That dog sure has you trained…
This is a common statement I hear a lot from folks who don’t approve of rewards or don’t understand what a handler is doing when they are rewarding successive approximations.
The reality is that any good trainer has been well trained by their dog—one way or the other.
Many of us go through successive approximations to achieve better and better behaviors with a final goal in mind. Along the way it can look like the handler is rewarding crappy behavior—while in fact we are rewarding better-than-before behavior knowing that it will keep getting better and better because we will gently shift our criteria for rewards to slightly improved behaviors, little-by-little.
In other words, if I want a dog to settle while their favorite thing on earth is nearby (say kids playing ball) I have two choices:
- Pay the dog for the settle in a currency that is greater in value than the kids (treats or cheese…depends on the dog) and keep the payment going in reasonable intervals that will allow the dog to make the better choice and stay in the settle (here we have positive reinforcement);
- I can keep collar correcting the dog every time he tries to reach the children and then reward the dog with the cessation of correction when he lays back down (here we have two quadrants in play—positive punishment/collar correction; and negative reinforcement/stopping the collar correction when the dog performs properly).
I would submit that both handlers are being trained by their dogs and in the end both handlers who have achieved a settle with their dog in close proximity to their favorite thing have done so because they learned what their dog required. For example, the positive reinforcement trainer knows their dogs well enough (has been trained by their dog well enough) to know how often their dog will need rewards to remain in the settle. The positive punishment/negative reinforcement trainer knows their dog well enough to know when they need to correct them and how much they need to correct them (has been trained by their dog to know what level of correction the dog needs to comply and when to stop the correction).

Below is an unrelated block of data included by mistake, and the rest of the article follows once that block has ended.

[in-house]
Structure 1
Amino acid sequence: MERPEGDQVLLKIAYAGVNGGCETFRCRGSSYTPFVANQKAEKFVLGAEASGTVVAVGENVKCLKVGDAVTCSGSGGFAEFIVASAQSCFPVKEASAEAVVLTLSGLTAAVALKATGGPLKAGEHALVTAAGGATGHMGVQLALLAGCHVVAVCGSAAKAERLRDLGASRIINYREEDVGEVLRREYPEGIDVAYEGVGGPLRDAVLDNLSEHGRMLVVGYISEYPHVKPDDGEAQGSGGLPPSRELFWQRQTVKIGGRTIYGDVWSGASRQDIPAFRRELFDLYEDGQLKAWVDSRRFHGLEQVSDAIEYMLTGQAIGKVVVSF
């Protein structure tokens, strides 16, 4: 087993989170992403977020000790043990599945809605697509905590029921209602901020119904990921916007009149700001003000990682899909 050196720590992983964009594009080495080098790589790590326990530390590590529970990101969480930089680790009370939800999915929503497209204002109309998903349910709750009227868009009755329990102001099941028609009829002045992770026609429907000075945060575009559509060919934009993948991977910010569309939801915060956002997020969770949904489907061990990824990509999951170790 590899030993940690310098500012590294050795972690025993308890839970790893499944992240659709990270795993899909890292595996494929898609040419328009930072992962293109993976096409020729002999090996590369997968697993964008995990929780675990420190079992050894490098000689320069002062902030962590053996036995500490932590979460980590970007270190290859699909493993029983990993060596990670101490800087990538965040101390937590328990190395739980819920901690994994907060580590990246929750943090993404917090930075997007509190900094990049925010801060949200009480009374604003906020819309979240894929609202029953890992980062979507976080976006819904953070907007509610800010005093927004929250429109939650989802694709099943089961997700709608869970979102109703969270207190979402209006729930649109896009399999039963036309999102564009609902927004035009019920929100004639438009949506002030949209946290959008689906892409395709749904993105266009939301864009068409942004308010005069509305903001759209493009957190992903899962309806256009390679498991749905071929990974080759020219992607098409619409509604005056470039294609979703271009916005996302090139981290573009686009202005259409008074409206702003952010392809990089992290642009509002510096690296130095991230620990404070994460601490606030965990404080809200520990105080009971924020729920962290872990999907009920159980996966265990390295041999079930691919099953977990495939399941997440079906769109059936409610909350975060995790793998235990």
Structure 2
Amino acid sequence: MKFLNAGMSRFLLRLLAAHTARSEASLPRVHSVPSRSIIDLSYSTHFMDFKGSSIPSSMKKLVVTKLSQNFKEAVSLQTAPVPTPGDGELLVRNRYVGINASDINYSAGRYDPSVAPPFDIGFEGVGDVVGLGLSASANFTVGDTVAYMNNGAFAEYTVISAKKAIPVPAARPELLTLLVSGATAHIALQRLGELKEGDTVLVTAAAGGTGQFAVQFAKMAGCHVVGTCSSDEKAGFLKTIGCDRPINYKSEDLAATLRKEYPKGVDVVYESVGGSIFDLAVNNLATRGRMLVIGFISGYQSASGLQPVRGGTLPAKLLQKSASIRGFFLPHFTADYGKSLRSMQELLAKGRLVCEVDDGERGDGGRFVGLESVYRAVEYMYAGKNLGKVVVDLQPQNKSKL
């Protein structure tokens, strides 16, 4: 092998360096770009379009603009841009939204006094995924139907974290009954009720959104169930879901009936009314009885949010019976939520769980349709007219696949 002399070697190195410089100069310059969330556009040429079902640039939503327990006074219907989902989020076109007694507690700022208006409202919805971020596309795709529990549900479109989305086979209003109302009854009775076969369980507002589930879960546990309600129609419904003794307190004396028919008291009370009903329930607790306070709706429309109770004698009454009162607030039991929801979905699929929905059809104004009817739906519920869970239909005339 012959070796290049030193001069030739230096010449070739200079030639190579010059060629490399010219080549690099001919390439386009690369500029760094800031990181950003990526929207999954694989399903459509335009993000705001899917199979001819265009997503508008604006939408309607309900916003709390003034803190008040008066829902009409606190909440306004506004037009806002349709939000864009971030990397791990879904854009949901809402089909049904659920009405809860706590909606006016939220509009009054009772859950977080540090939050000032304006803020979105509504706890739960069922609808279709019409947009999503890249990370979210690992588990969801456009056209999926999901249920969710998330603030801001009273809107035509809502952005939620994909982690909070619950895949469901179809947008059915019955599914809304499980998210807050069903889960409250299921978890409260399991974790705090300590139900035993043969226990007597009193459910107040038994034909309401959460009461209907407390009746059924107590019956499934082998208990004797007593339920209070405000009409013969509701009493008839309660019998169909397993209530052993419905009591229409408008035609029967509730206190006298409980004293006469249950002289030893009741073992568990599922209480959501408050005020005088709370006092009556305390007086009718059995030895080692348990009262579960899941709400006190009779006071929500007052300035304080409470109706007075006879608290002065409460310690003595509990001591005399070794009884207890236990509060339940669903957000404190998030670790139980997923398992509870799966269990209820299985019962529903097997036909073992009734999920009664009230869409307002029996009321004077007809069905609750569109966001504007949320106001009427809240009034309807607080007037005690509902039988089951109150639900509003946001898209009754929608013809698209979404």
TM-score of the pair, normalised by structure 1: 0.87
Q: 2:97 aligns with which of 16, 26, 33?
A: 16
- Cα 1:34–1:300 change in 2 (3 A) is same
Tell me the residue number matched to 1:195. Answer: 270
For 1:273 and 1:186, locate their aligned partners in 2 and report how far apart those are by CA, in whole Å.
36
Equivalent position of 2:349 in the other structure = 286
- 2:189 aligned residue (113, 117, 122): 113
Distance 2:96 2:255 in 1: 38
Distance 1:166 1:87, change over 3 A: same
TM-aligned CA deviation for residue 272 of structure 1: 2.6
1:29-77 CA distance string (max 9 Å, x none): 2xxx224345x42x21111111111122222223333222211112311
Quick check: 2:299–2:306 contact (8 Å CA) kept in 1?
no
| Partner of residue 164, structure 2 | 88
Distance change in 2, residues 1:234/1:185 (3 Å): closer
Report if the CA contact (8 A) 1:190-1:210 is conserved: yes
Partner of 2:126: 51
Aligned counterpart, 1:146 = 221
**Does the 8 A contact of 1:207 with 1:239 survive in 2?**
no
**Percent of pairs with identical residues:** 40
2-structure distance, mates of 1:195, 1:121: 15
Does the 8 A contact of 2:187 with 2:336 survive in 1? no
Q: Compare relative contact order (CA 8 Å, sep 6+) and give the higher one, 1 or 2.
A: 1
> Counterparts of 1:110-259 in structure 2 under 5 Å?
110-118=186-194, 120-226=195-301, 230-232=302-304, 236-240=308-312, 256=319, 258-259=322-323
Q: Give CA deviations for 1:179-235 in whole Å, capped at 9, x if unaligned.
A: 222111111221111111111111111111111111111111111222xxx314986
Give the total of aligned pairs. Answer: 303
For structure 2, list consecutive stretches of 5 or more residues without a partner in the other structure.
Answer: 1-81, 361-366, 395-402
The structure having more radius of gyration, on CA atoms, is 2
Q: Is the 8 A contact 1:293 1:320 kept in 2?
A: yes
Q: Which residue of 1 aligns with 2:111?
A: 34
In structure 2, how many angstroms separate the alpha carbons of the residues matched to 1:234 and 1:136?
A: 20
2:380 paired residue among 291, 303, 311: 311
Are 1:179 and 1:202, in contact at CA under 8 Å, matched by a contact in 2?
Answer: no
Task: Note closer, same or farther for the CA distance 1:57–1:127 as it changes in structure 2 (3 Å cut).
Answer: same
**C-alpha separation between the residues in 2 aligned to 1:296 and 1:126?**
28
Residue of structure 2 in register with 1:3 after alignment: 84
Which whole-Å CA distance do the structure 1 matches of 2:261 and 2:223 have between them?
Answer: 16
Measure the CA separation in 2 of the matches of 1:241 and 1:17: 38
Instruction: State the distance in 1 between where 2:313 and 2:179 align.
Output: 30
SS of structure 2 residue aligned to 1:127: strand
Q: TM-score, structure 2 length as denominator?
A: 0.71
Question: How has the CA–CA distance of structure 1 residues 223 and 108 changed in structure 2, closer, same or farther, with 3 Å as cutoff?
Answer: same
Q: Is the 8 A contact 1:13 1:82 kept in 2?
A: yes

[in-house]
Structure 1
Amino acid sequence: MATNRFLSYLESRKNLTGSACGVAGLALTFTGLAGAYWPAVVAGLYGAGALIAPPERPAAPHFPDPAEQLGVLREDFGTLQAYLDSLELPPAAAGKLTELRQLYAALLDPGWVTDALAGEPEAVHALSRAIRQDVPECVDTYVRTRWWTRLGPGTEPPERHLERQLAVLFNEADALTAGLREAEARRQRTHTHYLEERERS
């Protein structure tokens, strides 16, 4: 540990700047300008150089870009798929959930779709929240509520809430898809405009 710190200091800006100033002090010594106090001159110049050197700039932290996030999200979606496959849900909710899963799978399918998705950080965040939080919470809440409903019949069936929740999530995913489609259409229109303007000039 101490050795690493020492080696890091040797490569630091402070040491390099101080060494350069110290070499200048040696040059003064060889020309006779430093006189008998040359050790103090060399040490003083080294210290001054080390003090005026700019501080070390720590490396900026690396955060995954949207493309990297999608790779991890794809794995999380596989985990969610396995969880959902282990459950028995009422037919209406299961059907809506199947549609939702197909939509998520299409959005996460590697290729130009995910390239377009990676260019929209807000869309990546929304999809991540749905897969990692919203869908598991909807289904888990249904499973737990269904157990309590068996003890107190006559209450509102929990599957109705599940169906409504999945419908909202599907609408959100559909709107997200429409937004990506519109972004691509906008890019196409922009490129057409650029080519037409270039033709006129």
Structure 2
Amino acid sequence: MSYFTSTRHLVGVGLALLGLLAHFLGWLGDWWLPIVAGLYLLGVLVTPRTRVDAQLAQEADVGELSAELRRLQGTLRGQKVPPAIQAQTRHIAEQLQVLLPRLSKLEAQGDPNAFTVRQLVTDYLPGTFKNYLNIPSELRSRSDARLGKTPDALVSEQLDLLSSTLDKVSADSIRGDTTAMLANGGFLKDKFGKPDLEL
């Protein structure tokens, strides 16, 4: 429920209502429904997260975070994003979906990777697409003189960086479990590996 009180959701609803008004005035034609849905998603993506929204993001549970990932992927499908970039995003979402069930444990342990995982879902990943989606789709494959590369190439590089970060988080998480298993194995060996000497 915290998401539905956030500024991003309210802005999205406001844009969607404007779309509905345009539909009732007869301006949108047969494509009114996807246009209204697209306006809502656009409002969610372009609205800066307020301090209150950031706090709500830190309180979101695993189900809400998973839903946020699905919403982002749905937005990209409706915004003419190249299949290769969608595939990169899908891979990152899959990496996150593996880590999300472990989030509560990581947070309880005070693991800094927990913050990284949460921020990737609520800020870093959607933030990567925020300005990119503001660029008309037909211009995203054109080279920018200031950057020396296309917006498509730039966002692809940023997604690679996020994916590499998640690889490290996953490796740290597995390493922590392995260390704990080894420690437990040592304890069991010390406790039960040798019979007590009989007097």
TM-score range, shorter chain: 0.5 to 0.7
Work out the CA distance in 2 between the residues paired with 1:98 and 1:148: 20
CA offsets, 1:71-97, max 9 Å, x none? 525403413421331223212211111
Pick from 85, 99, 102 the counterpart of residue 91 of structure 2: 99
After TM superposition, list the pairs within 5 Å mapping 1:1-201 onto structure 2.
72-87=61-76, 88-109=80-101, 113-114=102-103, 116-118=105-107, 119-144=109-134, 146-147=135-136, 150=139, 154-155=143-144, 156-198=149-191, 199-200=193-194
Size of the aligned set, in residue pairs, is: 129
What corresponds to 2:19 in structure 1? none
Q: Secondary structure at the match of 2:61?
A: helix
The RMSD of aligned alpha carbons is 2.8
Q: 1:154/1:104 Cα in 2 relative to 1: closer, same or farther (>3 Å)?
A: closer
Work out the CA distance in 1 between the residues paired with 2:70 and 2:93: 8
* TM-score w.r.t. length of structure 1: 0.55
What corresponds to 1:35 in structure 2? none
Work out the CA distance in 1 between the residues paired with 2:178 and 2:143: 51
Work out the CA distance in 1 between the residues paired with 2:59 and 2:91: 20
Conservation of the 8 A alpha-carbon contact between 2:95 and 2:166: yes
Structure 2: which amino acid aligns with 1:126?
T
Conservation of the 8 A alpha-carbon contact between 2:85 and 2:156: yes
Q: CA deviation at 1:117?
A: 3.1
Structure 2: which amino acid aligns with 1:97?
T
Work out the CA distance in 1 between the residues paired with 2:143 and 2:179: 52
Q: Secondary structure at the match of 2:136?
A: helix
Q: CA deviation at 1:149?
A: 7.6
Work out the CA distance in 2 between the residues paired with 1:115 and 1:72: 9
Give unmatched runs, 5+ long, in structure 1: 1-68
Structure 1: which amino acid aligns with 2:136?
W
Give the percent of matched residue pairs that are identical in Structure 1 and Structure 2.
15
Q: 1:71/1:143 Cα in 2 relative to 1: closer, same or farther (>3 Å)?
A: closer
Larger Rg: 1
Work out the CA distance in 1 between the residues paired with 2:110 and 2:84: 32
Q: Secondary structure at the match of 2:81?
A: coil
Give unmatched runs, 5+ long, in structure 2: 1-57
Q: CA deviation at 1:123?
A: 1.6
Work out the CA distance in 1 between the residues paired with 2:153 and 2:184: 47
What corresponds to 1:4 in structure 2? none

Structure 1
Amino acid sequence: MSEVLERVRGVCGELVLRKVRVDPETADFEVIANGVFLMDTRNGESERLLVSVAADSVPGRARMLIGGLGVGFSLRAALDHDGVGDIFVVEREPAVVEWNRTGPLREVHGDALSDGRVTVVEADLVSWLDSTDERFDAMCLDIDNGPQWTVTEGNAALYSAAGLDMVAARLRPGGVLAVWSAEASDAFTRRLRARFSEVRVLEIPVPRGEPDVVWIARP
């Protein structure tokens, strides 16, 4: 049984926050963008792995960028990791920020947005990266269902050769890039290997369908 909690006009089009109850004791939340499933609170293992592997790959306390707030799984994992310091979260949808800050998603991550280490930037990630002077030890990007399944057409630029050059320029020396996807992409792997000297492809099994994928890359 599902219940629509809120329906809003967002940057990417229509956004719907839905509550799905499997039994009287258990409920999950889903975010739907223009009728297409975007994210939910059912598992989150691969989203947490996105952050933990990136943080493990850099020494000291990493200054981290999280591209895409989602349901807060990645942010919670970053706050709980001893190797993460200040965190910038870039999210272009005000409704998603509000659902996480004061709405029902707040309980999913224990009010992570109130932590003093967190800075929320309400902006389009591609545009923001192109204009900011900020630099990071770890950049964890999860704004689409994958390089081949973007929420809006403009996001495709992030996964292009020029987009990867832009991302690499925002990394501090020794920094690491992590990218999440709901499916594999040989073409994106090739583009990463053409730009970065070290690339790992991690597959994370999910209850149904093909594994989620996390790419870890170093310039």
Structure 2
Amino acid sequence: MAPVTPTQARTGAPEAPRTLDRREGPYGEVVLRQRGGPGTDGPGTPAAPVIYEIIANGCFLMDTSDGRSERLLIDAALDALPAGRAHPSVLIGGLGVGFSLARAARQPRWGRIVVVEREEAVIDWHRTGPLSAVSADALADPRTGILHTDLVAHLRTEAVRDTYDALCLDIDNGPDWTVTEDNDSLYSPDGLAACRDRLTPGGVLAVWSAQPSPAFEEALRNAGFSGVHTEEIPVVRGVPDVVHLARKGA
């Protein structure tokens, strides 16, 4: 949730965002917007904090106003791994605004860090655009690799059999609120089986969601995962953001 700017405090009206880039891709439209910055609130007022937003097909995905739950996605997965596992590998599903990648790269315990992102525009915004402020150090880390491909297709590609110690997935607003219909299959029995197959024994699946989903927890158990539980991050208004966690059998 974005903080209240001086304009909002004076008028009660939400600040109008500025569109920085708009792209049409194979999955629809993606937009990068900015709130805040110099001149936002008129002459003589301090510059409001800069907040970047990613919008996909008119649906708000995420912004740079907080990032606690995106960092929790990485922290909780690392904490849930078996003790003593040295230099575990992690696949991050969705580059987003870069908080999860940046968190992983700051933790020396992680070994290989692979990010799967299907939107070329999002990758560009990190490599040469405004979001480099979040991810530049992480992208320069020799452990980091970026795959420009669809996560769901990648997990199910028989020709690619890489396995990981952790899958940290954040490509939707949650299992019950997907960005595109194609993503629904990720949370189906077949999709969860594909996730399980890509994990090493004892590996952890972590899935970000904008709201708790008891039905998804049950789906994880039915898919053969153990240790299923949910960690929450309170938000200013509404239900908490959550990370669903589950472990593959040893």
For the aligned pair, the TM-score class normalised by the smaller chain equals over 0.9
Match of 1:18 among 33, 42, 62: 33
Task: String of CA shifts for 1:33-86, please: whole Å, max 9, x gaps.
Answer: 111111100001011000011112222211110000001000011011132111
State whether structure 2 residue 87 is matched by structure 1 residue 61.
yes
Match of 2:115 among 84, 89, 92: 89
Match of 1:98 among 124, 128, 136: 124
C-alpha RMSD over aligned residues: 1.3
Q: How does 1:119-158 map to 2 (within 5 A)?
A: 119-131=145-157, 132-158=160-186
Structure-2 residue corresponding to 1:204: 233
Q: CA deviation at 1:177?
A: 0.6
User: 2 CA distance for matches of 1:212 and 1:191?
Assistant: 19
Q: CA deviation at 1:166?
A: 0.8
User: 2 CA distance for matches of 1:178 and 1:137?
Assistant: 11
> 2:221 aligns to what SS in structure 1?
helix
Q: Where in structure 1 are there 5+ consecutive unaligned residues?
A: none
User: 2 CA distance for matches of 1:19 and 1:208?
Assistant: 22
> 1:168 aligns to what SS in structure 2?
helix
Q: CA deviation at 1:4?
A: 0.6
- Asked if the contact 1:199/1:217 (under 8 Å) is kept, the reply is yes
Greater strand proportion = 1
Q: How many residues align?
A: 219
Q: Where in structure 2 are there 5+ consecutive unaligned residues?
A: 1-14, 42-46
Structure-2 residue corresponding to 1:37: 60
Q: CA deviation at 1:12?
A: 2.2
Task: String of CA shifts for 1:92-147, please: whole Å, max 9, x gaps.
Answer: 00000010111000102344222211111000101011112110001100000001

In the end any trainer who achieves reliable behaviors has been trained by their dog to know what that dog requires from their handler. The real question is not who is training whom—it is about the choices we make as the caregivers of these animals.
Positive reinforcement is a back and forth negotiation that allows for the dog to say, “This is too hard for me so you need to pay me a bit more.” Or, “I really don’t care for this but if you pay me well I will do it.” This is not unlike when we look at our boss and tell them we will need time-and-a-half to work on a holiday. With appropriate payments the final result will be a great settle that has not negatively effected how the dog feels about performing the well-paid-for settle in the face of the children?
Positive punishment/negative reinforcement training it is not about negotiation but about forcing the dog to comply. Here the dog can once again say, “I really don’t care for this thing,” but the only thing they get in return is the knowledge that they will face a punishment for not wishing to comply. This is not unlike the boss who tells the employees they will have to work on the holiday and if they do not, they will be fired. The final result in this instance is a dog who learns to comply but has a negative association with their handler (boss) and with the children they previously wanted to go see because whenever the dog tries to engage with the child—he/she is punished.
Everyday we train our dogs we get to make a choice about what kind of relationship we want with our dogs and what kind of relationship we want our dogs to have with the world around them.